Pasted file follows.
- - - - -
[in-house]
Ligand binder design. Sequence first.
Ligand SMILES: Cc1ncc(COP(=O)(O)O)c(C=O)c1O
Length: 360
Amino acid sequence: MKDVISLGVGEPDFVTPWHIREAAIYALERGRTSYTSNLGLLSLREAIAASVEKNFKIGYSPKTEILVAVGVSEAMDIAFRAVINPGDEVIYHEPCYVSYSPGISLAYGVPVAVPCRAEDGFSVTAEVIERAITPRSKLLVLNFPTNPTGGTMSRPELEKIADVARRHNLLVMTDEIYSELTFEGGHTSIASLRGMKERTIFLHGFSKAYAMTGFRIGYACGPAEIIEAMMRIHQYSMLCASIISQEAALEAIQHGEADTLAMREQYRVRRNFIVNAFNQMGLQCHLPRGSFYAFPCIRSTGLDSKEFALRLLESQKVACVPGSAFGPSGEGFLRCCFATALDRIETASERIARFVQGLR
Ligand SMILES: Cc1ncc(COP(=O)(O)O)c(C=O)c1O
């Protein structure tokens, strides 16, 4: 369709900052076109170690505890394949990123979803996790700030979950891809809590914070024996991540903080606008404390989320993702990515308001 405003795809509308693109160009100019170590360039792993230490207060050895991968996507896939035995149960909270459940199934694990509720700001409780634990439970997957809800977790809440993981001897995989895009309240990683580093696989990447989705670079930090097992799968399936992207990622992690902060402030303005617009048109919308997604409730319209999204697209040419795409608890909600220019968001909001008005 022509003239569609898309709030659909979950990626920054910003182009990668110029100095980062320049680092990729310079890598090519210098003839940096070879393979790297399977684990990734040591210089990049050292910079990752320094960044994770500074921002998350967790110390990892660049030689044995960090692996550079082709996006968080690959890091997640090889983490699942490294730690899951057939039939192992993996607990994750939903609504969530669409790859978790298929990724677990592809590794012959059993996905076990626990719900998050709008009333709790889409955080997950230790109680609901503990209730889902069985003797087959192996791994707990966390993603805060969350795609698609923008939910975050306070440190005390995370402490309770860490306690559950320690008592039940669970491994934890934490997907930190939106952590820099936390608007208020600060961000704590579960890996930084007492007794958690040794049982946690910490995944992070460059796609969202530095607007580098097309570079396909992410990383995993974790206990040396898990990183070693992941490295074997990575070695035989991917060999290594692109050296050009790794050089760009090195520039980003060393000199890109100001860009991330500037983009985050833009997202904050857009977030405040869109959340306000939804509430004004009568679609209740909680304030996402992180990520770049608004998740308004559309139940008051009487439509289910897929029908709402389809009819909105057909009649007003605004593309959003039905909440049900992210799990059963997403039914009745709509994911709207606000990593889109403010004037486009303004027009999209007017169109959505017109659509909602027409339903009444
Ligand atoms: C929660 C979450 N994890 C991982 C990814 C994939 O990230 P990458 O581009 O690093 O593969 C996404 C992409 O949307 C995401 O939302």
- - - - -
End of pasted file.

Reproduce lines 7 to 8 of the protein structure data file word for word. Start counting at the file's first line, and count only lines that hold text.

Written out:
């Protein structure tokens, strides 16, 4: 369709900052076109170690505890394949990123979803996790700030979950891809809590914070024996991540903080606008404390989320993702990515308001 405003795809509308693109160009100019170590360039792993230490207060050895991968996507896939035995149960909270459940199934694990509720700001409780634990439970997957809800977790809440993981001897995989895009309240990683580093696989990447989705670079930090097992799968399936992207990622992690902060402030303005617009048109919308997604409730319209999204697209040419795409608890909600220019968001909001008005 022509003239569609898309709030659909979950990626920054910003182009990668110029100095980062320049680092990729310079890598090519210098003839940096070879393979790297399977684990990734040591210089990049050292910079990752320094960044994770500074921002998350967790110390990892660049030689044995960090692996550079082709996006968080690959890091997640090889983490699942490294730690899951057939039939192992993996607990994750939903609504969530669409790859978790298929990724677990592809590794012959059993996905076990626990719900998050709008009333709790889409955080997950230790109680609901503990209730889902069985003797087959192996791994707990966390993603805060969350795609698609923008939910975050306070440190005390995370402490309770860490306690559950320690008592039940669970491994934890934490997907930190939106952590820099936390608007208020600060961000704590579960890996930084007492007794958690040794049982946690910490995944992070460059796609969202530095607007580098097309570079396909992410990383995993974790206990040396898990990183070693992941490295074997990575070695035989991917060999290594692109050296050009790794050089760009090195520039980003060393000199890109100001860009991330500037983009985050833009997202904050857009977030405040869109959340306000939804509430004004009568679609209740909680304030996402992180990520770049608004998740308004559309139940008051009487439509289910897929029908709402389809009819909105057909009649007003605004593309959003039905909440049900992210799990059963997403039914009745709509994911709207606000990593889109403010004037486009303004027009999209007017169109959505017109659509909602027409339903009444
Ligand atoms: C929660 C979450 N994890 C991982 C990814 C994939 O990230 P990458 O581009 O690093 O593969 C996404 C992409 O949307 C995401 O939302």